Physicians and Surgeons

The History of the Button Huggie

Gastrostomy tube or button placement is the third most common non-cardiac, in-patient surgical procedure performed in children in the US.1 These devices provide a secure route for nutrition, medications, and fluid therapy for patients with complex medical needs. The most common type of gastrostomy device placed in children is a gastrostomy button (g-button). These devices help children maintain body weight or facilitate weight gain, correct nutritional deficiencies, hydrate, provide medication(s), and improve their quality of life. Unfortunately, a variety of distressing problems often complicate healing and maintenance of the gastrostomy tract. These include pain and discomfort, leakage, infection, granulation tissue formation and accidental dislodgement. All of these problems are related to excessive movement of the g-button in the tract. G-buttons are also associated with uncommon but life-threatening complications. The Pennsylvania Patient Safety Authority reported approximately 4% of gastrostomy tubes placed in the state caused serious patient harm, which they defined as peritonitis, sepsis, or death.2

Given the frequency and significance of these complications the American Society for Parenteral and Enteral Nutrition (ASPEN) published a monograph entitled, “Safe Practice for Enteral Nutrition”, and strongly recommended some form of external securement for g-buttons.3 And yet, despite this recommendation, no commercially available device appeared on the market. Following initial g-button placement parents and caregivers have traditionally been instructed to use gauze and tape--the so-called “Tic-Tac-Toe” dressing--to secure their child’s g-button and manage peristomal drainage. As a result, g-button complications persist, which we viewed as both a challenge and an opportunity. Thus, over the past three years, Dr. Steve Moulton has collaborated with Tyler Mironuck and the CU Graduate Design Program in Mechanical Engineering to develop the Button Huggie: a precision-designed, low-profile g-button securement device.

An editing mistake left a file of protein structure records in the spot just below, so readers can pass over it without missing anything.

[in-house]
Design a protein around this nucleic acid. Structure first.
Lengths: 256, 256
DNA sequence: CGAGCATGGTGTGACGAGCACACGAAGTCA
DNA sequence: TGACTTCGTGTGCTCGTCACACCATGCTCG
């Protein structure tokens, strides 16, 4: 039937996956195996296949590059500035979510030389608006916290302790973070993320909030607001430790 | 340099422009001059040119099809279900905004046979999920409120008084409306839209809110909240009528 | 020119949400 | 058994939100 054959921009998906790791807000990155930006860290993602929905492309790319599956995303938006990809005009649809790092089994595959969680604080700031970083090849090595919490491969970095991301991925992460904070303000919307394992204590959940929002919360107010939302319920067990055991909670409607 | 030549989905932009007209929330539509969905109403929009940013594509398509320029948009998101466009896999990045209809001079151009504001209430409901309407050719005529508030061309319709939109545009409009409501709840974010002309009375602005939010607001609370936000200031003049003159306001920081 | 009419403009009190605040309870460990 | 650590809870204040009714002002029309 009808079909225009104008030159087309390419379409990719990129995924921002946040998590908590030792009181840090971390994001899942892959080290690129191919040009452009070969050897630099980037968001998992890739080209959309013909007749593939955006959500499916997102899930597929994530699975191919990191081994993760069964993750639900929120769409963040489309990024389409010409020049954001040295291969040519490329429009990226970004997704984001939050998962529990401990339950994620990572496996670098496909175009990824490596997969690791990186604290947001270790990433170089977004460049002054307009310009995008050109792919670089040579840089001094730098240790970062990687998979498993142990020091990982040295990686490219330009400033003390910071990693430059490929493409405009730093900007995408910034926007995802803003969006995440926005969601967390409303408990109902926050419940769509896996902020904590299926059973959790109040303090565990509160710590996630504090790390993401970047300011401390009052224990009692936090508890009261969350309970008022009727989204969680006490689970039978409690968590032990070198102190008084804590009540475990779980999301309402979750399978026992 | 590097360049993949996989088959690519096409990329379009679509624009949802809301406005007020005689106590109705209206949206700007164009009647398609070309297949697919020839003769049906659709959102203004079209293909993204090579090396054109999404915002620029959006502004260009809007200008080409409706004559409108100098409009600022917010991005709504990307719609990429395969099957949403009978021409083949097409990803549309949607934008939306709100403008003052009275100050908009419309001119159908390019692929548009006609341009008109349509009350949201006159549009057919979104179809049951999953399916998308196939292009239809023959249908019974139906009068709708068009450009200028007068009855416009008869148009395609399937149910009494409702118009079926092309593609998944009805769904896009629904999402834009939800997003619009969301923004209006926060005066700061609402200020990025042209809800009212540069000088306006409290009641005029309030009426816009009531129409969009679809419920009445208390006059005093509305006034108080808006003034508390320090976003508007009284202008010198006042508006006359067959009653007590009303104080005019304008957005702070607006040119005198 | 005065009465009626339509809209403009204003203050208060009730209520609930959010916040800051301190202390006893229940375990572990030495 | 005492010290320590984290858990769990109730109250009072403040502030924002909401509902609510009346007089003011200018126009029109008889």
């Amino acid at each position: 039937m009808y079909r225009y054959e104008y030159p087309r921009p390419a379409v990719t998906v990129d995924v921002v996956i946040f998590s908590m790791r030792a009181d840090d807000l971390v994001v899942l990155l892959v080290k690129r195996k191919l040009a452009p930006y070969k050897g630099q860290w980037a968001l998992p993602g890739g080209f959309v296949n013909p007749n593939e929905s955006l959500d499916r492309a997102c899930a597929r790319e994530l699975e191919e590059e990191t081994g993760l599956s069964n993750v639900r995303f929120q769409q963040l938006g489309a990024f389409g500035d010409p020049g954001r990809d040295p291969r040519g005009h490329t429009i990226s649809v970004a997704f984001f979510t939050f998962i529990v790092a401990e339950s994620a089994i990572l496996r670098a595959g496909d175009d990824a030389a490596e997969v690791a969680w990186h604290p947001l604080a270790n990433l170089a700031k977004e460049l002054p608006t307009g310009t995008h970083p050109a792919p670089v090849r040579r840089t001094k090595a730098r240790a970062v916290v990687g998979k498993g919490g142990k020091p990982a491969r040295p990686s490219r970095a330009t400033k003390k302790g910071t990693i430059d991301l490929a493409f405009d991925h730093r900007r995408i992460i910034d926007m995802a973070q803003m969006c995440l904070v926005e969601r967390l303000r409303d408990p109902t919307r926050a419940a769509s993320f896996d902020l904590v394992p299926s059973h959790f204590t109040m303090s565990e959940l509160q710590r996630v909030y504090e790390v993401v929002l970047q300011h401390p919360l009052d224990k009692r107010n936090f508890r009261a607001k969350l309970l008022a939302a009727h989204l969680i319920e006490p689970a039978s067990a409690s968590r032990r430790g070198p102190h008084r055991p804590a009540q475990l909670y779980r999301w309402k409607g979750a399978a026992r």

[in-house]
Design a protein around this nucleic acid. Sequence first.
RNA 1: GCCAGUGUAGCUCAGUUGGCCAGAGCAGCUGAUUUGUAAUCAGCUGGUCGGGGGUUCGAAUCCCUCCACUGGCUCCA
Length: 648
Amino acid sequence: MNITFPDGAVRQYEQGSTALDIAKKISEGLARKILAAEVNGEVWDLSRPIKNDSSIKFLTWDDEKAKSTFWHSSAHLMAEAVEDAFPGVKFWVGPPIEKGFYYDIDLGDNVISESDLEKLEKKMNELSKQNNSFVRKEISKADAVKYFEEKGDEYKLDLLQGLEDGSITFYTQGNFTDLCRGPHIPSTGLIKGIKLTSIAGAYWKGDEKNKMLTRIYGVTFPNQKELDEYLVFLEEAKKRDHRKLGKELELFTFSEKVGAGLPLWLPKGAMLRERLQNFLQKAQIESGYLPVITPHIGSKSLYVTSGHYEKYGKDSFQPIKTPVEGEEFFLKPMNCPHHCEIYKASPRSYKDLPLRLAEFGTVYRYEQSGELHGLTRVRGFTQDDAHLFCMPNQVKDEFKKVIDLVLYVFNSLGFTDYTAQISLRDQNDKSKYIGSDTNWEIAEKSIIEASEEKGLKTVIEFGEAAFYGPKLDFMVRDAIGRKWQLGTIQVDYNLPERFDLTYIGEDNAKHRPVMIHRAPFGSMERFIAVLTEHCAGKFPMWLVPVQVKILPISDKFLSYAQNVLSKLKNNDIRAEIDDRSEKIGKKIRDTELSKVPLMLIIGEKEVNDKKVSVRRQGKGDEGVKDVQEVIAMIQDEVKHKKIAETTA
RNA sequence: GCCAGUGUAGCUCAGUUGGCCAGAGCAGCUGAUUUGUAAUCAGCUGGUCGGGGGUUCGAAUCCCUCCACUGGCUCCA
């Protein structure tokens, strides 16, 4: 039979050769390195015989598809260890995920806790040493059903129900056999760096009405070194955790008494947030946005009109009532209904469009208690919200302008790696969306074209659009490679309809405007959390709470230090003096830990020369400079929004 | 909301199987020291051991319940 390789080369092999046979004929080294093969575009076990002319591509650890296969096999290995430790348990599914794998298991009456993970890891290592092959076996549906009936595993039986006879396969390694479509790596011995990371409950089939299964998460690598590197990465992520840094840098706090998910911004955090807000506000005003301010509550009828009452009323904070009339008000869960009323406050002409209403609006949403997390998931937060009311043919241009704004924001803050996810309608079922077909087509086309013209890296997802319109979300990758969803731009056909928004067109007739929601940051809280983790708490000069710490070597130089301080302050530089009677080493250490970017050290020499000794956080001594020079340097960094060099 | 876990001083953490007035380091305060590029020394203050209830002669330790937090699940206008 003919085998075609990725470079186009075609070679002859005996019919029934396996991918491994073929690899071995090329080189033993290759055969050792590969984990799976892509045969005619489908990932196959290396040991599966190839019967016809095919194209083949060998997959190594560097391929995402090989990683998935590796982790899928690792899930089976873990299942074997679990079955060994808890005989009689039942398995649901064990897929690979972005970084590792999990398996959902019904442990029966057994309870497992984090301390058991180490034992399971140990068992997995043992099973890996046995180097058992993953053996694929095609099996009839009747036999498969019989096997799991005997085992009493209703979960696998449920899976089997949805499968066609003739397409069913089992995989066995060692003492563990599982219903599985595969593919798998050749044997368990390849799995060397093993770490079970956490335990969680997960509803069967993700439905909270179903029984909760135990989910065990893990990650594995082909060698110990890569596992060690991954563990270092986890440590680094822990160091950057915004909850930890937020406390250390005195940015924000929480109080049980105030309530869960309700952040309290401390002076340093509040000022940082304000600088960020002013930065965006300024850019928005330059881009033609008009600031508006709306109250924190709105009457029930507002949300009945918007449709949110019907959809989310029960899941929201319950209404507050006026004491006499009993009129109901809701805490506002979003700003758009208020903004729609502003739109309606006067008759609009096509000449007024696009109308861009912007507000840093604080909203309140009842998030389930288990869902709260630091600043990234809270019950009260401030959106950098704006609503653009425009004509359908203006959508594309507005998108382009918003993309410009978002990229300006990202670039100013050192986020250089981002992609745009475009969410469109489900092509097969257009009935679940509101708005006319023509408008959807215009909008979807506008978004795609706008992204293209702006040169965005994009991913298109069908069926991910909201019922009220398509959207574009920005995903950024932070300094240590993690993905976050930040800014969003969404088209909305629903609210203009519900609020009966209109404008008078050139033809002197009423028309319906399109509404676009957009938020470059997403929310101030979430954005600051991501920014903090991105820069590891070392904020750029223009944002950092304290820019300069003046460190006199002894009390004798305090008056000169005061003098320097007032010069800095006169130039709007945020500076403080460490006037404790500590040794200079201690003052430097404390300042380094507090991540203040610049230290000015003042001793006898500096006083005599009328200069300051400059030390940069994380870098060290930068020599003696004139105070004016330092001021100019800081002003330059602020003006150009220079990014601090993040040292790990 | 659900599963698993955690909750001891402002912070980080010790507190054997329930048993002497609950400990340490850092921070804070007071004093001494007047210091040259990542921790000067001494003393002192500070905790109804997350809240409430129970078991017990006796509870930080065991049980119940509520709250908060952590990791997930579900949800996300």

More than 1 million g-buttons are placed or replaced throughout the world each year, including more than 250,000 in the US and more than 2,000 per year at Children’s Hospital Colorado. Given the frequency, invasiveness, and broad clinical indications for the placement of these devices, it is not surprising to learn that emergency department (ED) visits and hospital readmissions are common after g-button placement in children. Goldin et al4 found that 8.6% of children who underwent g-button placement had a g-button-related ED visit and 3.9% were readmitted within 30 days for a g-button site infection (26.6%), mechanical g-button complication (22%), or need for g-button replacement (19.4%). Landisch et al5 noted that early laparoscopic g-button dislodgement (< 6wks) occurred in 7.6% of patients, with an average IR (interventional radiology) cost for replacement of $7,105.

Although gastrostomy feedings are effective, maternal caregivers of chronically ill children with a gastrostomy spend on average 8 hours/day in their child’s care, compared to 3 hours/day for non-gastrostomy dependent children.6 Studies on families of children with gastrostomy tube feedings report high levels of burnout and stress.7 Adjusted for inflation, the annual cost associated with the care of gastrostomy devices is $51,000 per patient, or more than $1.5 billion/year.

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